This new requirement will have several consequences. This is because implementing a competent MPDV solution is more difficult than it appears on the surface. For instance, these network perspectives need to be located in different networks for this to be an effective tool to mitigate these risks. One of the most expensive aspects of operating a transactional service is managing the environment in which the service runs. This means that if CAs distribute the entire MPDV checking process to alternative network perspectives, they will need to manage multiple such environments. The cost and complexity of this go up as the number of perspectives is added.

This should not be a problem for the largest CAs, and since the top 10 CAs by issuance volume account for 99.58% of all WebPKI certificates, achieving broad coverage of the web only requires a few companies to make these investments and they should be able to assume those costs. But what about the smaller CAs?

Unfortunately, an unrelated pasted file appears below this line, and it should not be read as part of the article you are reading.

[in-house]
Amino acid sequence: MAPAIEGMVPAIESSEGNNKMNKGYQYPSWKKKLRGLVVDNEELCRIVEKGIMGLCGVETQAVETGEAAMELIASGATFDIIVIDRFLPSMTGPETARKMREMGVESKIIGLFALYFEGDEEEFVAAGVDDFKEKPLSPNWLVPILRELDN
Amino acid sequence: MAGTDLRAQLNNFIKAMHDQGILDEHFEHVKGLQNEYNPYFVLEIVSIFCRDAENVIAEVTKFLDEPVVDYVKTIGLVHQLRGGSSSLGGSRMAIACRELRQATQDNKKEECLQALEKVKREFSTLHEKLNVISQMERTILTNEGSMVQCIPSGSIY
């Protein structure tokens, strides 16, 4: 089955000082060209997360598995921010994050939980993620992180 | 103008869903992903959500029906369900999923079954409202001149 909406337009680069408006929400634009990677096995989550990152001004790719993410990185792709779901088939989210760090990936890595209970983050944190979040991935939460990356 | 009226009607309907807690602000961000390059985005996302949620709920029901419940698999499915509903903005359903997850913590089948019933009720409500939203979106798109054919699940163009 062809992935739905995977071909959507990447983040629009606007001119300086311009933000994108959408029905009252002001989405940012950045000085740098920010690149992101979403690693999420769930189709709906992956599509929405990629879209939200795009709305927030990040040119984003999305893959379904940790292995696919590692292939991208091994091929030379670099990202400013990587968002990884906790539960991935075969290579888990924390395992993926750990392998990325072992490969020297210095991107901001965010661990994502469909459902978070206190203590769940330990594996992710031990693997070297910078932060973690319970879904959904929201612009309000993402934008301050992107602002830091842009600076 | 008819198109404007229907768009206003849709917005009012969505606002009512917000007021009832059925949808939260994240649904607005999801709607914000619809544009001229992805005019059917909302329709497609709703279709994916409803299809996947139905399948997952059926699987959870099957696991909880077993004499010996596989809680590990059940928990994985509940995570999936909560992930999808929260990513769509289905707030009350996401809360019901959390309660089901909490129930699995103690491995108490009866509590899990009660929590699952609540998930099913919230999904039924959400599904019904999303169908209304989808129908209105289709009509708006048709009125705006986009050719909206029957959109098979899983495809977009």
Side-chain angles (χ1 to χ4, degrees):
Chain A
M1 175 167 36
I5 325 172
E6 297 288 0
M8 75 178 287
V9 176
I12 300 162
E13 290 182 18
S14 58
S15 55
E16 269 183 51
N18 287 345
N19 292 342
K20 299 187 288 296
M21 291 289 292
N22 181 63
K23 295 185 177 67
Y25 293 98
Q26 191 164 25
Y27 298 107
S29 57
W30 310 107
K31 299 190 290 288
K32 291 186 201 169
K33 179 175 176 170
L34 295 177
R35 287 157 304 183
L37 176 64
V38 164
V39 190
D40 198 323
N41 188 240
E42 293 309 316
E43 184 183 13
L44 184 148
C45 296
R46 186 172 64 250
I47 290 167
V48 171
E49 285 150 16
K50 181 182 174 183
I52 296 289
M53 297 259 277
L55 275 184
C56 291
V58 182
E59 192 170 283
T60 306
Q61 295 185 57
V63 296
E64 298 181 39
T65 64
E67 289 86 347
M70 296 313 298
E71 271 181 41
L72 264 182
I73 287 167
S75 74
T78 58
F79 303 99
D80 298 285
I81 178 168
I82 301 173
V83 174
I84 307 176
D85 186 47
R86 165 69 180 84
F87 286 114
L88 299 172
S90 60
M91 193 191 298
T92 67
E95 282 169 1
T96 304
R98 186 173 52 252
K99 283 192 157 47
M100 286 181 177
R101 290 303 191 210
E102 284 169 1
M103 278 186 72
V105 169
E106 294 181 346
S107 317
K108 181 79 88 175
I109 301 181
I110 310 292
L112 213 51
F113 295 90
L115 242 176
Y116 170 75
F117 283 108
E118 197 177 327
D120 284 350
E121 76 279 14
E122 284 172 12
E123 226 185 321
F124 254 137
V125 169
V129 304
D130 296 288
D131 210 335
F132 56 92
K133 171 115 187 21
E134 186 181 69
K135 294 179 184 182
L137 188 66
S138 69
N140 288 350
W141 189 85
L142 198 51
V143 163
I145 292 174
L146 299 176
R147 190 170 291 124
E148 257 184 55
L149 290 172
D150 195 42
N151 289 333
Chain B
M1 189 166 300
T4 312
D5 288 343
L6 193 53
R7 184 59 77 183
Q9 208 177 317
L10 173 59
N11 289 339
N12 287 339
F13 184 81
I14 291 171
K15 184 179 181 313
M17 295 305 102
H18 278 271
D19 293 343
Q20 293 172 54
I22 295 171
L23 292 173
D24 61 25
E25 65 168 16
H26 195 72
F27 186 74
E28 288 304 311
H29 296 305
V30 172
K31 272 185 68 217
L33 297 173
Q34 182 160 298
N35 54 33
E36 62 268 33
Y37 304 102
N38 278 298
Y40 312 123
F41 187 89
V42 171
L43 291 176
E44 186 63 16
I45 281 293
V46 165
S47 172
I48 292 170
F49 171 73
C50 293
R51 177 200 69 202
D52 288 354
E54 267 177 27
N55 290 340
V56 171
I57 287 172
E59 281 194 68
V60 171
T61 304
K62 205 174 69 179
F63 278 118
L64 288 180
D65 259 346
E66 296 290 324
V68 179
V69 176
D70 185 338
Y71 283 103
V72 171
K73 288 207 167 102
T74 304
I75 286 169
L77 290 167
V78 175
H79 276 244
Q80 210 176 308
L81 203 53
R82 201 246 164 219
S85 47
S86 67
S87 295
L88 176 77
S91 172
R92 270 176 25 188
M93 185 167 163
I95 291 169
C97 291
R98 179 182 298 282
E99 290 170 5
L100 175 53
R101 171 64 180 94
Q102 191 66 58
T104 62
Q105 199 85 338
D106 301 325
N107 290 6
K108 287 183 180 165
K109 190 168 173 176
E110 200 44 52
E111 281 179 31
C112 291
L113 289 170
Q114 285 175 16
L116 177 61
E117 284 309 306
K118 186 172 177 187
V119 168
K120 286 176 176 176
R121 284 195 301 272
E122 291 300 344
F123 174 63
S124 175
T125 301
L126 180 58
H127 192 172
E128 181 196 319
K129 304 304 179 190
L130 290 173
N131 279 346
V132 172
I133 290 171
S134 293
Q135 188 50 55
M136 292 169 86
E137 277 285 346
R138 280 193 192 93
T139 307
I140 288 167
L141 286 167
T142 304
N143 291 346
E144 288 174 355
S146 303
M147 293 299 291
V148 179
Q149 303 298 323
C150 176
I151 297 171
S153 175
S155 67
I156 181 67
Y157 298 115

These smaller, regional CAs are often focused on language-specific support in the markets they operate in, assisting with local certificate-related product offerings such as document signing or identity certificates, and adhering to regional regulations. These are much smaller markets and leave them with far fewer resources and skills to tackle problems like this. The larger CAs on the other hand will also end up duplicating much of the same infrastructure as they worked toward meeting these requirements. 

This suggests there is an opportunity for CAs to collaborate in building a shared network of perspectives. By working together, CAs can pool resources to create a more diverse network of perspectives. This can help them meet the new requirements more efficiently and effectively, while also strengthening the internet’s overall security.